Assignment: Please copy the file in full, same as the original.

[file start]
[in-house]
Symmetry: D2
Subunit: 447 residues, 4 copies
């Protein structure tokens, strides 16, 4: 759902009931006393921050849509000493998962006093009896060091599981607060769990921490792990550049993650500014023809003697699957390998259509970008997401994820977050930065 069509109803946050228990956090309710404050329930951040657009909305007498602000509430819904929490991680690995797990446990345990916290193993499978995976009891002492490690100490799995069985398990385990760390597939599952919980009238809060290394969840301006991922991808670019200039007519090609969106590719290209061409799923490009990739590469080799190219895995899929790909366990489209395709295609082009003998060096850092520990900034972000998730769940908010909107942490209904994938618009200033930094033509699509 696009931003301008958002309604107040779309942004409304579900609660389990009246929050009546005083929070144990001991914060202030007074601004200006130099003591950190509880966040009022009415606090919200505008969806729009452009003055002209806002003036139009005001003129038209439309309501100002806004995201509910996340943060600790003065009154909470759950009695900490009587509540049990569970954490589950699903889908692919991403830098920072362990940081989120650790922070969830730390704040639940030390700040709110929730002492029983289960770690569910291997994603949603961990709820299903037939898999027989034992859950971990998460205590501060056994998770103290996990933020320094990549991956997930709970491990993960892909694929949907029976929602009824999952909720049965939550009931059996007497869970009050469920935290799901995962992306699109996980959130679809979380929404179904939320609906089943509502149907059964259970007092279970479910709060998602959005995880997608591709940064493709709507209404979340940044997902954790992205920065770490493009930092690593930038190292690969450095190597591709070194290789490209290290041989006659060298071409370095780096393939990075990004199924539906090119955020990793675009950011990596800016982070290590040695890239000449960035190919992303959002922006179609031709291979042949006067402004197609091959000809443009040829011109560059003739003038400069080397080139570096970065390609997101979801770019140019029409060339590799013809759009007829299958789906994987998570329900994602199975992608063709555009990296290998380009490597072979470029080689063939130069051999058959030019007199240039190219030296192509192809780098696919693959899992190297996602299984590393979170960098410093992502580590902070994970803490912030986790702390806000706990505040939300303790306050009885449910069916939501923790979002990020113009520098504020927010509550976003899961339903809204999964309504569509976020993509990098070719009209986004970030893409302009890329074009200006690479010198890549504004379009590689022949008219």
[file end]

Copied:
[in-house]
Symmetry: D2
Subunit: 447 residues, 4 copies
């Protein structure tokens, strides 16, 4: 759902009931006393921050849509000493998962006093009896060091599981607060769990921490792990550049993650500014023809003697699957390998259509970008997401994820977050930065 069509109803946050228990956090309710404050329930951040657009909305007498602000509430819904929490991680690995797990446990345990916290193993499978995976009891002492490690100490799995069985398990385990760390597939599952919980009238809060290394969840301006991922991808670019200039007519090609969106590719290209061409799923490009990739590469080799190219895995899929790909366990489209395709295609082009003998060096850092520990900034972000998730769940908010909107942490209904994938618009200033930094033509699509 696009931003301008958002309604107040779309942004409304579900609660389990009246929050009546005083929070144990001991914060202030007074601004200006130099003591950190509880966040009022009415606090919200505008969806729009452009003055002209806002003036139009005001003129038209439309309501100002806004995201509910996340943060600790003065009154909470759950009695900490009587509540049990569970954490589950699903889908692919991403830098920072362990940081989120650790922070969830730390704040639940030390700040709110929730002492029983289960770690569910291997994603949603961990709820299903037939898999027989034992859950971990998460205590501060056994998770103290996990933020320094990549991956997930709970491990993960892909694929949907029976929602009824999952909720049965939550009931059996007497869970009050469920935290799901995962992306699109996980959130679809979380929404179904939320609906089943509502149907059964259970007092279970479910709060998602959005995880997608591709940064493709709507209404979340940044997902954790992205920065770490493009930092690593930038190292690969450095190597591709070194290789490209290290041989006659060298071409370095780096393939990075990004199924539906090119955020990793675009950011990596800016982070290590040695890239000449960035190919992303959002922006179609031709291979042949006067402004197609091959000809443009040829011109560059003739003038400069080397080139570096970065390609997101979801770019140019029409060339590799013809759009007829299958789906994987998570329900994602199975992608063709555009990296290998380009490597072979470029080689063939130069051999058959030019007199240039190219030296192509192809780098696919693959899992190297996602299984590393979170960098410093992502580590902070994970803490912030986790702390806000706990505040939300303790306050009885449910069916939501923790979002990020113009520098504020927010509550976003899961339903809204999964309504569509976020993509990098070719009209986004970030893409302009890329074009200006690479010198890549504004379009590689022949008219």